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Thursday, December 29, 2022

MIT researchers create solar cells that are so thin they may be used as a power source on any surface



An ultrathin solar cell made by MIT researchers is 18 times lighter per watt produced than conventional silicon photovoltaic solar panels.


An extremely thin and light solar cell has been developed by MIT researchers and can be used to convert nearly any surface into a solar power source. In order to facilitate their installation on any fixed surface, the flexible solar cells are glued to a lightweight fabric that is much thinner than human hair.


“Our current lightweight photovoltaic (PV) cells are significantly lighter, but they are not as efficient at converting power as silicon PVs. “They would not be used to replace conventional silicon PV installations in the short term, but rather to provide power in areas where silicon PVs cannot be easily installed,” Vladimir Bulovi, the lead author of the study's article that was published in the journal Small Methods, told indianexpress.com via email.


For instance, they can be utilized to transport solar electricity to remote locations. Our PV modules can be easily transported to and installed in remote villages because they are 18 times lighter per Watt produced than silicon PV modules. We anticipate that our technology will eventually achieve the same efficiency levels as silicon photovoltaics. Bulovic added, "At that point, our flexible PV modules can be thought of as a replacement for silicon PVs."


Making the super dainty sun powered cells

The scientists utilized nanomaterials in printable electronic inks to make this original sun oriented cell gadget. A substrate with a thickness of just 3 microns was coated with electronic materials using a "slot-die coater." They then, at that point, utilized a screen printing strategy to print a cathode and store on the substrate to finish the sun based cell. The printed module is approximately 15 microns thick at this point, and researchers can remove the plastic substrate to obtain the device. Human hair, by contrast, is approximately 70 microns thick on average.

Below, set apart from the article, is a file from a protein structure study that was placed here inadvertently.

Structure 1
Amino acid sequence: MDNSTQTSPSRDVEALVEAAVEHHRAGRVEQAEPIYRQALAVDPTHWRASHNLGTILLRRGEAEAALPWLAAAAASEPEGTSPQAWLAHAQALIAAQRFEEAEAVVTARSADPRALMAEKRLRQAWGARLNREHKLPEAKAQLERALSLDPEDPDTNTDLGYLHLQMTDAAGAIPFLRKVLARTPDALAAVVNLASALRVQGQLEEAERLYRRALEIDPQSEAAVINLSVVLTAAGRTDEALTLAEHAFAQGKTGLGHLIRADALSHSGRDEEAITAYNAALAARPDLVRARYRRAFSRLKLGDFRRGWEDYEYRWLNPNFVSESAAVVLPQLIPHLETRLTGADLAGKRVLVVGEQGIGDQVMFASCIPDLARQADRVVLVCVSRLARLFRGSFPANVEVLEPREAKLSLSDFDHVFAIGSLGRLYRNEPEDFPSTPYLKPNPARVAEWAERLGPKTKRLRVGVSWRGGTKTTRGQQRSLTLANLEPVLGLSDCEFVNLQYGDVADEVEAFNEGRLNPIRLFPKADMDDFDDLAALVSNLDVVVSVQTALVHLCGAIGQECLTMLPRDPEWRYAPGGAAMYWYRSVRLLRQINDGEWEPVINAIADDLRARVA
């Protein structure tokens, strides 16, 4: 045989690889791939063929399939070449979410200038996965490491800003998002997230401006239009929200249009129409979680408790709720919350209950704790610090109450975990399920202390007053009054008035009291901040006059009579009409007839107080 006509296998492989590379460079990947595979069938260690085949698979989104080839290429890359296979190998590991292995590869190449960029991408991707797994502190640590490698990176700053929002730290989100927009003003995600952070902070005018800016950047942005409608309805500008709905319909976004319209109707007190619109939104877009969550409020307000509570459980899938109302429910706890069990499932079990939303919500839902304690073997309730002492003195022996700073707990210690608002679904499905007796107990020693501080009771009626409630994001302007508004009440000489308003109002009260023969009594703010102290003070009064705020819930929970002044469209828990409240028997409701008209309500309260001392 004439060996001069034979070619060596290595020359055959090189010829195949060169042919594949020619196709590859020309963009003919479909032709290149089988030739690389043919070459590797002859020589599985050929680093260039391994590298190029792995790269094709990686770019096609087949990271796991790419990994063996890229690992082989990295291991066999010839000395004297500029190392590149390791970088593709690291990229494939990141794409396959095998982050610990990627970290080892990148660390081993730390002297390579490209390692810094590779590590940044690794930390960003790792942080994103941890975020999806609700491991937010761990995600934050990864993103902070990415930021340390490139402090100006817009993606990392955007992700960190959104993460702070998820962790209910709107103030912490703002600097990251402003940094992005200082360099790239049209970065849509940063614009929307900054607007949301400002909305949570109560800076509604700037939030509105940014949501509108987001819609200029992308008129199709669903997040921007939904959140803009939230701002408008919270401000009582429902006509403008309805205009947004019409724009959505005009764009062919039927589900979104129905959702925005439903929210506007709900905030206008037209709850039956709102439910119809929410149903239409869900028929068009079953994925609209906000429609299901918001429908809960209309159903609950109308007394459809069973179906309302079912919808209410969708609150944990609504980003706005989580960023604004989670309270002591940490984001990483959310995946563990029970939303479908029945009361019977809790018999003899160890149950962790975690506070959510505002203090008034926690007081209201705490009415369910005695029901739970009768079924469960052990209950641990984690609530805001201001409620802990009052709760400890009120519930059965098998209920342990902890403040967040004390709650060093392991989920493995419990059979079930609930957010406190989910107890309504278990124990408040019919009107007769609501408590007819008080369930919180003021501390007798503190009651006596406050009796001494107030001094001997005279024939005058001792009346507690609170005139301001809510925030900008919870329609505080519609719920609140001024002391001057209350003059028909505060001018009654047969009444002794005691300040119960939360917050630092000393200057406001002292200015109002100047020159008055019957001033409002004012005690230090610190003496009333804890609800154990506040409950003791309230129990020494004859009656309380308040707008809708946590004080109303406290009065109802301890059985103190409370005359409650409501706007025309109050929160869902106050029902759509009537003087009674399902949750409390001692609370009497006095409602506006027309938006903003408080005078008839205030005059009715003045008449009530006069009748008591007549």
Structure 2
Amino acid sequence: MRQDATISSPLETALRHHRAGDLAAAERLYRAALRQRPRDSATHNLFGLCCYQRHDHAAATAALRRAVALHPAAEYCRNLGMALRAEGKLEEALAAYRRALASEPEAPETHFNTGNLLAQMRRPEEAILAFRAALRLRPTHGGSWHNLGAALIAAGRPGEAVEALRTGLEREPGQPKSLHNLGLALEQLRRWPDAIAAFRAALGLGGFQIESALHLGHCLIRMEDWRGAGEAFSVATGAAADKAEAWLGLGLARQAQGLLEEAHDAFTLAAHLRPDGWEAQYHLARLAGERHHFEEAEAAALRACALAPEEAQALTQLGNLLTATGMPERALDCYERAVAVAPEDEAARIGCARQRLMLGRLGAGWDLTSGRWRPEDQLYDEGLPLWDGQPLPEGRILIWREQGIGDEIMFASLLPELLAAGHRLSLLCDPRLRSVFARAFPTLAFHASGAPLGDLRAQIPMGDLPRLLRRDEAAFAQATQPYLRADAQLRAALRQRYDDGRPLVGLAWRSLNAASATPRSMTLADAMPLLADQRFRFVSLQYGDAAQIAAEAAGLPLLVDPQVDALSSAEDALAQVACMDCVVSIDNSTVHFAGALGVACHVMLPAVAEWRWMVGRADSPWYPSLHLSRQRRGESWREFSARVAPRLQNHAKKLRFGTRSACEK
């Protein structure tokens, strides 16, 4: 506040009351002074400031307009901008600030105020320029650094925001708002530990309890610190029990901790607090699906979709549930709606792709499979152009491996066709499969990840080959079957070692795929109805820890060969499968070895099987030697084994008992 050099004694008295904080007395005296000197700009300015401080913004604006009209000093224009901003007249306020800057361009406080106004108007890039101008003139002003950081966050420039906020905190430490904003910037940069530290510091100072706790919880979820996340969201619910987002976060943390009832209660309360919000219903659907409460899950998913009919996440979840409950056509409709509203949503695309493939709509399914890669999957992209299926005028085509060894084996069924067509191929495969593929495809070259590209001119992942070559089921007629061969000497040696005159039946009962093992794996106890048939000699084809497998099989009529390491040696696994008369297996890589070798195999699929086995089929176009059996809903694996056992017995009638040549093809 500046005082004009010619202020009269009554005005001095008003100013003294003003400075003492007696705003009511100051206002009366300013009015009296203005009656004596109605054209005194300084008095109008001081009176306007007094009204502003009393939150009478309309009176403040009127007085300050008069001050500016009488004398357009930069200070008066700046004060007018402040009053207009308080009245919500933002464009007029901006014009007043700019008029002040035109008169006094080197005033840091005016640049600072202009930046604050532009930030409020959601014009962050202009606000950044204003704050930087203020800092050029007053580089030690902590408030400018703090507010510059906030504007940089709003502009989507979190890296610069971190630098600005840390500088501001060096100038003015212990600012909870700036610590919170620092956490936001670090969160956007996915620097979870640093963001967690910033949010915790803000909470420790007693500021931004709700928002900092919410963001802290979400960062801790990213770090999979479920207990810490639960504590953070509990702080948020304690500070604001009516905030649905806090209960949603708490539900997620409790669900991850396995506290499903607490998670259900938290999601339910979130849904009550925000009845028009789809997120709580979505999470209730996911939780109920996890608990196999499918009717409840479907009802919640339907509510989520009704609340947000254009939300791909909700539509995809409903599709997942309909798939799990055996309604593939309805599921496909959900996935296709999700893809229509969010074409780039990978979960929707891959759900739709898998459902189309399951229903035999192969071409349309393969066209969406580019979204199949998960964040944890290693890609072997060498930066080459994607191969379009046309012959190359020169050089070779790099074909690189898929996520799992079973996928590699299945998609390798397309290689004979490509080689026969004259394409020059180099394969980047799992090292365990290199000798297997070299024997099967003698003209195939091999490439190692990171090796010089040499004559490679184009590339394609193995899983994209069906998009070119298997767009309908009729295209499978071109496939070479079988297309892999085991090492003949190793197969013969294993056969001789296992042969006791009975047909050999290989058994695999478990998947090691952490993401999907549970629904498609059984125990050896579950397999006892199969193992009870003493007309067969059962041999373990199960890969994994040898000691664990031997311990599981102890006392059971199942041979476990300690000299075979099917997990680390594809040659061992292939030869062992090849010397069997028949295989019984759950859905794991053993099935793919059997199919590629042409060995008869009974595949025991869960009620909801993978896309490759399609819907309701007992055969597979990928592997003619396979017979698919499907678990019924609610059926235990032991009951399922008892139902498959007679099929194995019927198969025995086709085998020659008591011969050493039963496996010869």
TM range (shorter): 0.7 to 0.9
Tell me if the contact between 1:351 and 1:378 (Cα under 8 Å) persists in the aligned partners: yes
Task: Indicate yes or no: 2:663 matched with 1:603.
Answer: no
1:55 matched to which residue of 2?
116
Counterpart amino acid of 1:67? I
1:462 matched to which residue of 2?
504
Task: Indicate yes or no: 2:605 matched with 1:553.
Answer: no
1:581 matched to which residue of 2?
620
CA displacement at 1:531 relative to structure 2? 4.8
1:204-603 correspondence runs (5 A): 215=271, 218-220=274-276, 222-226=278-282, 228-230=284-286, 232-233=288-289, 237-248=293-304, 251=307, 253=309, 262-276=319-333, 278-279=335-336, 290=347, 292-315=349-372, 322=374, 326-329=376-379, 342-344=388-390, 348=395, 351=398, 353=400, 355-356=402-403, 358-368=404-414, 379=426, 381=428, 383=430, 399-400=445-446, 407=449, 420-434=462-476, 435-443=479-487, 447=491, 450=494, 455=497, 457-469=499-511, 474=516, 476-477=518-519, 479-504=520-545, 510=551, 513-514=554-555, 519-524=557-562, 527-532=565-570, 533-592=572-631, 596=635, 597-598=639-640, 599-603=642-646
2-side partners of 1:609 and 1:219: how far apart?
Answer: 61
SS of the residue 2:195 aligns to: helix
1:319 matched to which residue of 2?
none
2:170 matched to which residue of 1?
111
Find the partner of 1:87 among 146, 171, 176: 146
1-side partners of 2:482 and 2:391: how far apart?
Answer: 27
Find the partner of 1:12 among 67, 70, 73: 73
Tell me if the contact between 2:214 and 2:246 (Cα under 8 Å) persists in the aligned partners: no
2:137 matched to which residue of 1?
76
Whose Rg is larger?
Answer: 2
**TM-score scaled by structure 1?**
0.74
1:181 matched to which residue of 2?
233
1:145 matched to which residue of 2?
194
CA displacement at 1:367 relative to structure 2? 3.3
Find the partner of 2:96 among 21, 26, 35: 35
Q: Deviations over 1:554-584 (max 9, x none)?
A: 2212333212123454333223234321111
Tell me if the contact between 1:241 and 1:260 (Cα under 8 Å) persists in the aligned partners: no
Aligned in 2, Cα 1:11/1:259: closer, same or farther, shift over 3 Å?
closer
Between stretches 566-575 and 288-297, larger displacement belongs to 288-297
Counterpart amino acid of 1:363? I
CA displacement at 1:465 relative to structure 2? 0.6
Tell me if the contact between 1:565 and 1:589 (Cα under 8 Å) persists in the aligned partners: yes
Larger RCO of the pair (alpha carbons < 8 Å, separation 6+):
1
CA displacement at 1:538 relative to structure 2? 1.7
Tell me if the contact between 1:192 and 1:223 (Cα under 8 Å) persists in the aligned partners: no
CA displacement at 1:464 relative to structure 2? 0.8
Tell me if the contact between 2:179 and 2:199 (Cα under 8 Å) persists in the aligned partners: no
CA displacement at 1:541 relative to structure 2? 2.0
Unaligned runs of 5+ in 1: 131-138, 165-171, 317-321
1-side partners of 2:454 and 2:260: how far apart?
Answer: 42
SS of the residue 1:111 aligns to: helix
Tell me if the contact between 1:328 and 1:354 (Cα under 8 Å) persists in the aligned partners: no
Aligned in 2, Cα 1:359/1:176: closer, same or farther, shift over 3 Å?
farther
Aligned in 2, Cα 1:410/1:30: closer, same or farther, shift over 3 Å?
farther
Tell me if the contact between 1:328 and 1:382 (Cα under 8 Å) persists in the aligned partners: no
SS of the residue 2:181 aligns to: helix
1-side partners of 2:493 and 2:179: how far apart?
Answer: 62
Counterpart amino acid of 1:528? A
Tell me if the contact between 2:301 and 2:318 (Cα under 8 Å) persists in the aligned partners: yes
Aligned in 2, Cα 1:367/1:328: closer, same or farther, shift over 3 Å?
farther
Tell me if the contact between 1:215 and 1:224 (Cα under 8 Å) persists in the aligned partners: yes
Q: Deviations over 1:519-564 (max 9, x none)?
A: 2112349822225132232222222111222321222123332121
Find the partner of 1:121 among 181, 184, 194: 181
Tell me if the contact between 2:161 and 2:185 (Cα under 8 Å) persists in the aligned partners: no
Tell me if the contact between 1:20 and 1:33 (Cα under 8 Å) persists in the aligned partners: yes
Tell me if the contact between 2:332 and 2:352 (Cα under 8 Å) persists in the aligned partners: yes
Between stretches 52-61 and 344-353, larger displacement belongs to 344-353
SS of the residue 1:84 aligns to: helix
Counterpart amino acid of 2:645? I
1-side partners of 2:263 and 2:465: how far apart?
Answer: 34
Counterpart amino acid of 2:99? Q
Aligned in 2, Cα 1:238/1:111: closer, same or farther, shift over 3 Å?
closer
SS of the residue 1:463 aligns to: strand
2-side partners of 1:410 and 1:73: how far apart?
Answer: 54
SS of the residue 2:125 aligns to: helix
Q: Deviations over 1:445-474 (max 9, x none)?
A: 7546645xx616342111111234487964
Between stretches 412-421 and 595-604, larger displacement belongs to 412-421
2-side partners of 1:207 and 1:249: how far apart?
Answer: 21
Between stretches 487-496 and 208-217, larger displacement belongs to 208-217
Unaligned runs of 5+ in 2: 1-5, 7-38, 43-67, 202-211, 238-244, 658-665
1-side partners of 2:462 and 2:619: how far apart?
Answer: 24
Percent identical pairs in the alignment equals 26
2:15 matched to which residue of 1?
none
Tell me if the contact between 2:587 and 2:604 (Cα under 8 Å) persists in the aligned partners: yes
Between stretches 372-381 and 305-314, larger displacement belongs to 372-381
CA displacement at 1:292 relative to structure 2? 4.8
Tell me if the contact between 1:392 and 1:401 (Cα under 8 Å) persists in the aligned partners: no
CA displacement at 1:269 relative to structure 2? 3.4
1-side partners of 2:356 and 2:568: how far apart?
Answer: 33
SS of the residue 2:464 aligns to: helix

But working with this ultra-thin freestanding module is hard because it can easily be torn or damaged in other ways. The researchers turned to Dyneema, a special kind of fabric that only uses 13 grams per square meter, as a solution to this issue.


The fabric's fibers are so strong, according to MIT, that they were used as ropes to rescue a sunken cruise ship from the Mediterranean Sea. A UV-curable glue was used to stick the solar panel to this material, resulting in a structure that is extremely light and long-lasting and can be used for a variety of things.


Future research, durability, and versatility Conventional photovoltaic solar cells are fragile, so they are protected by thick glass and metal frames. Because of this, the locations in which such solar cells can be set up and used are severely restricted. Because of this, developing such adaptable ultra-thin solar cells has rekindled interest. For instance, Dartmouth researchers came up with a novel flexographic printing method earlier this year for depositing perovskite solar cells on almost any material.


The MIT researchers tested how long the new devices would last, and they found that even after the fabric was rolled and unrolled more than 500 times, the cells kept more than 90% of their initial power generation capabilities. However, in order to shield them from the elements, they would still need to be enclosed in another material.


According to indianexpress.com, further research would be required to strengthen these cells. Bulovi stated, "We are developing lightweight packaging technology that would allow us to maintain the format of the current PV and would be mechanically robust and flexible."


The researchers envision numerous applications for the material once the packaging technology is developed. It can, for instance, be mounted on a boat's sails to provide power while sailing. It can also be used to extend the range of drones and tents and tarps used in disaster recovery operations.

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